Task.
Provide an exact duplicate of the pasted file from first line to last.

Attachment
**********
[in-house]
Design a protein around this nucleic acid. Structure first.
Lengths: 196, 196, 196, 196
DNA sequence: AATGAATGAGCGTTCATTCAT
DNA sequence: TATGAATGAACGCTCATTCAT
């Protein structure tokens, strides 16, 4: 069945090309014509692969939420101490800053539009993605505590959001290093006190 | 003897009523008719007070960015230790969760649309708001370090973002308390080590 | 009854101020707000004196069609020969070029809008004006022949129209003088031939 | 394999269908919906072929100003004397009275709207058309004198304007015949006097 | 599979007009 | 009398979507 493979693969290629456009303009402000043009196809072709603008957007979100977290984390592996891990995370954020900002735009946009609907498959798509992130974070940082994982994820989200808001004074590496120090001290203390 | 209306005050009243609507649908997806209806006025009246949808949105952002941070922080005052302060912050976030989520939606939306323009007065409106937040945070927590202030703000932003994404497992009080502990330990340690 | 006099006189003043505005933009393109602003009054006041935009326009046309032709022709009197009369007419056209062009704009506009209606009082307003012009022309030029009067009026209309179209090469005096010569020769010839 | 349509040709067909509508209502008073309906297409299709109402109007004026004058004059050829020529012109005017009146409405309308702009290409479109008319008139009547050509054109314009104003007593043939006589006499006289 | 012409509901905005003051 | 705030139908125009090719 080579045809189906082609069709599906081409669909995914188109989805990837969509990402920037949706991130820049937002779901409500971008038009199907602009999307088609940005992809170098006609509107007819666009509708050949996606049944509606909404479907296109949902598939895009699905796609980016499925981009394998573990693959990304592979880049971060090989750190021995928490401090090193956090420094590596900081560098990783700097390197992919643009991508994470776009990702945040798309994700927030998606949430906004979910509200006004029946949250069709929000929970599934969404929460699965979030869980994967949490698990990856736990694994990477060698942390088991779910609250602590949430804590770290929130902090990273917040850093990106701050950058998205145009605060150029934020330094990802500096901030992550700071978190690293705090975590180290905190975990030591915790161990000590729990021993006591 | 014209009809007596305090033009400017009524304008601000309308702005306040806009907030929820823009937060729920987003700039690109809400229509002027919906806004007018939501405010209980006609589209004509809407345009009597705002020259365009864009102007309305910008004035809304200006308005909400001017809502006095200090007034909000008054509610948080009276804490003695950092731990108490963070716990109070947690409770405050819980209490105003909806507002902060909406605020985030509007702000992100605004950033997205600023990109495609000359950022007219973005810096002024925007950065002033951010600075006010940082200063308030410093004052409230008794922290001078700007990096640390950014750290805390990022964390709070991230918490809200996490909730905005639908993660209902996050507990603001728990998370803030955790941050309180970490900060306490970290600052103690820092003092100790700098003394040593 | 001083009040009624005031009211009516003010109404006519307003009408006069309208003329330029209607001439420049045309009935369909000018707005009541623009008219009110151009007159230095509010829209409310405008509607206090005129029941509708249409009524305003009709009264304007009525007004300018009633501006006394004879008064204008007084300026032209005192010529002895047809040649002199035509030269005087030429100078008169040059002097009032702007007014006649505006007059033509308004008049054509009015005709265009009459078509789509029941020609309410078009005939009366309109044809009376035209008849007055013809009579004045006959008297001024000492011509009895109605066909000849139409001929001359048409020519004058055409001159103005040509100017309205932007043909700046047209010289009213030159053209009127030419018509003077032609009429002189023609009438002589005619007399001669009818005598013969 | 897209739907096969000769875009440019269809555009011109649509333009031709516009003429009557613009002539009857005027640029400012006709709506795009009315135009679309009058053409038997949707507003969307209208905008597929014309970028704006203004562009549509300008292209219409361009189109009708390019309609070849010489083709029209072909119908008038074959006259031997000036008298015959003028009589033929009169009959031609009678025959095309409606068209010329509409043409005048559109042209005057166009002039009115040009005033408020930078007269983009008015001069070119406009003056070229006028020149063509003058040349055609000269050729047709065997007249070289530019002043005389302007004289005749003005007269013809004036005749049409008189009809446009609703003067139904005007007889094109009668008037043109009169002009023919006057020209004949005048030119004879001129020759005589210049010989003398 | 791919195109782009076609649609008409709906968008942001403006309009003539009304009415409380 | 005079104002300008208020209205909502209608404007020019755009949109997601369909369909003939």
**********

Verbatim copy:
[in-house]
Design a protein around this nucleic acid. Structure first.
Lengths: 196, 196, 196, 196
DNA sequence: AATGAATGAGCGTTCATTCAT
DNA sequence: TATGAATGAACGCTCATTCAT
């Protein structure tokens, strides 16, 4: 069945090309014509692969939420101490800053539009993605505590959001290093006190 | 003897009523008719007070960015230790969760649309708001370090973002308390080590 | 009854101020707000004196069609020969070029809008004006022949129209003088031939 | 394999269908919906072929100003004397009275709207058309004198304007015949006097 | 599979007009 | 009398979507 493979693969290629456009303009402000043009196809072709603008957007979100977290984390592996891990995370954020900002735009946009609907498959798509992130974070940082994982994820989200808001004074590496120090001290203390 | 209306005050009243609507649908997806209806006025009246949808949105952002941070922080005052302060912050976030989520939606939306323009007065409106937040945070927590202030703000932003994404497992009080502990330990340690 | 006099006189003043505005933009393109602003009054006041935009326009046309032709022709009197009369007419056209062009704009506009209606009082307003012009022309030029009067009026209309179209090469005096010569020769010839 | 349509040709067909509508209502008073309906297409299709109402109007004026004058004059050829020529012109005017009146409405309308702009290409479109008319008139009547050509054109314009104003007593043939006589006499006289 | 012409509901905005003051 | 705030139908125009090719 080579045809189906082609069709599906081409669909995914188109989805990837969509990402920037949706991130820049937002779901409500971008038009199907602009999307088609940005992809170098006609509107007819666009509708050949996606049944509606909404479907296109949902598939895009699905796609980016499925981009394998573990693959990304592979880049971060090989750190021995928490401090090193956090420094590596900081560098990783700097390197992919643009991508994470776009990702945040798309994700927030998606949430906004979910509200006004029946949250069709929000929970599934969404929460699965979030869980994967949490698990990856736990694994990477060698942390088991779910609250602590949430804590770290929130902090990273917040850093990106701050950058998205145009605060150029934020330094990802500096901030992550700071978190690293705090975590180290905190975990030591915790161990000590729990021993006591 | 014209009809007596305090033009400017009524304008601000309308702005306040806009907030929820823009937060729920987003700039690109809400229509002027919906806004007018939501405010209980006609589209004509809407345009009597705002020259365009864009102007309305910008004035809304200006308005909400001017809502006095200090007034909000008054509610948080009276804490003695950092731990108490963070716990109070947690409770405050819980209490105003909806507002902060909406605020985030509007702000992100605004950033997205600023990109495609000359950022007219973005810096002024925007950065002033951010600075006010940082200063308030410093004052409230008794922290001078700007990096640390950014750290805390990022964390709070991230918490809200996490909730905005639908993660209902996050507990603001728990998370803030955790941050309180970490900060306490970290600052103690820092003092100790700098003394040593 | 001083009040009624005031009211009516003010109404006519307003009408006069309208003329330029209607001439420049045309009935369909000018707005009541623009008219009110151009007159230095509010829209409310405008509607206090005129029941509708249409009524305003009709009264304007009525007004300018009633501006006394004879008064204008007084300026032209005192010529002895047809040649002199035509030269005087030429100078008169040059002097009032702007007014006649505006007059033509308004008049054509009015005709265009009459078509789509029941020609309410078009005939009366309109044809009376035209008849007055013809009579004045006959008297001024000492011509009895109605066909000849139409001929001359048409020519004058055409001159103005040509100017309205932007043909700046047209010289009213030159053209009127030419018509003077032609009429002189023609009438002589005619007399001669009818005598013969 | 897209739907096969000769875009440019269809555009011109649509333009031709516009003429009557613009002539009857005027640029400012006709709506795009009315135009679309009058053409038997949707507003969307209208905008597929014309970028704006203004562009549509300008292209219409361009189109009708390019309609070849010489083709029209072909119908008038074959006259031997000036008298015959003028009589033929009169009959031609009678025959095309409606068209010329509409043409005048559109042209005057166009002039009115040009005033408020930078007269983009008015001069070119406009003056070229006028020149063509003058040349055609000269050729047709065997007249070289530019002043005389302007004289005749003005007269013809004036005749049409008189009809446009609703003067139904005007007889094109009668008037043109009169002009023919006057020209004949005048030119004879001129020759005589210049010989003398 | 791919195109782009076609649609008409709906968008942001403006309009003539009304009415409380 | 005079104002300008208020209205909502209608404007020019755009949109997601369909369909003939």